Mosaic Co. (MOS:US), the largest U.S. potash producer, said demand is improving and it sold more of the fertilizer in one day last week than in all of January.
Demand is strengthening in Brazil as a drought lowers soybean output and raises prices for the crop, Chief Executive Officer Jim Prokopanko said in a telephone interview yesterday. North American agricultural dealers expect a “strong” year, he said.
Mosaic was among potash producers to announce output cuts this year, citing lower demand. Farmers hesitated buying fertilizer after crop prices fell and as the European sovereign debt crisis created economic uncertainty. Fertilizer use is now showing signs of a recovery as the U.S. Department of Agriculture predicts the second-highest farm income on record.
Mosaic dropped 5.1 percent to $55.27 in New York, the biggest decline since Nov. 17.
The Plymouth, Minnesota-based company said yesterday after the close of regular trading that earnings (MOS:US) declined to 64 cents a share in the quarter ended Feb. 29 from $1.21 a year earlier. That missed the 69-cent average estimate of 19 analysts compiled by Bloomberg. The company cited lower potash volumes and higher phosphate raw-material costs for the slump. Those factors were “transient events,” Prokopanko said.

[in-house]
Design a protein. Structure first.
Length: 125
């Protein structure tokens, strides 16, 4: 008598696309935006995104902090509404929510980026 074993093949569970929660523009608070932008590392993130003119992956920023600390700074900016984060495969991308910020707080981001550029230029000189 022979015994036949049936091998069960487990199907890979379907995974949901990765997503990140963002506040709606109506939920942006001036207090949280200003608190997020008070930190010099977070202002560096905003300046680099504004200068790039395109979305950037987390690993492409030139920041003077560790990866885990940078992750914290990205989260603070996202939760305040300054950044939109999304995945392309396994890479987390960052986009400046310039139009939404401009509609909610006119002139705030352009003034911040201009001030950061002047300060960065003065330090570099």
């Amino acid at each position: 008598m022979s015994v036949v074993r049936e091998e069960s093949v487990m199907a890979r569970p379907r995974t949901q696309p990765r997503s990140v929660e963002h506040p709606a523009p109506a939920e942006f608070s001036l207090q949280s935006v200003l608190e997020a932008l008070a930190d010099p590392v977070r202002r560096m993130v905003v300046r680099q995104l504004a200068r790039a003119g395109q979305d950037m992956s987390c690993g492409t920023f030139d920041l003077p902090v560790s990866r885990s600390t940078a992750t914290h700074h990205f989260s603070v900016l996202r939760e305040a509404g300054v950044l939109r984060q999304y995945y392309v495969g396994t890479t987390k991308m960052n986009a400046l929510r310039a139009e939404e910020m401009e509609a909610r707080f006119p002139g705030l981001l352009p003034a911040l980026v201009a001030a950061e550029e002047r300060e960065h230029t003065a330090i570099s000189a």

“The poor quarter is quickly becoming a distant memory,” he said.
Total potash sales volume will be 1.7 million to 2.2 million tons in the current fiscal fourth quarter, up from 1.1 million in the third quarter, the company said. Phosphate sales will be 2.3 million to 2.7 million tons, compared with 2.6 million in the previous quarter.
Phosphate made up 70 percent of sales (MOS:US) in fiscal 2011 and potash the remainder.
Demand in India, Mosaic’s largest export market, shouldn’t drop despite lower government subsidies for phosphate and potash fertilizer, Prokopanko said. The strengthening in the Indian rupee is increasing farmer purchasing power and fertilizer prices are coming down, he said.
Mosaic will get $420 to $450 a ton for its potash in the current fiscal quarter, down from $453 in the third quarter, it said yesterday. Phosphate will drop to $460 to $490 a ton in the three months through May 31 from $536 in the third quarter.
“The translated price in India could be unchanged or could be lower,” he said. “We are expecting good phosphate demand, equivalent to last year or perhaps higher, into India.”
Phosphate raw-material expenses such as ammonia have dropped since the third quarter, he said.
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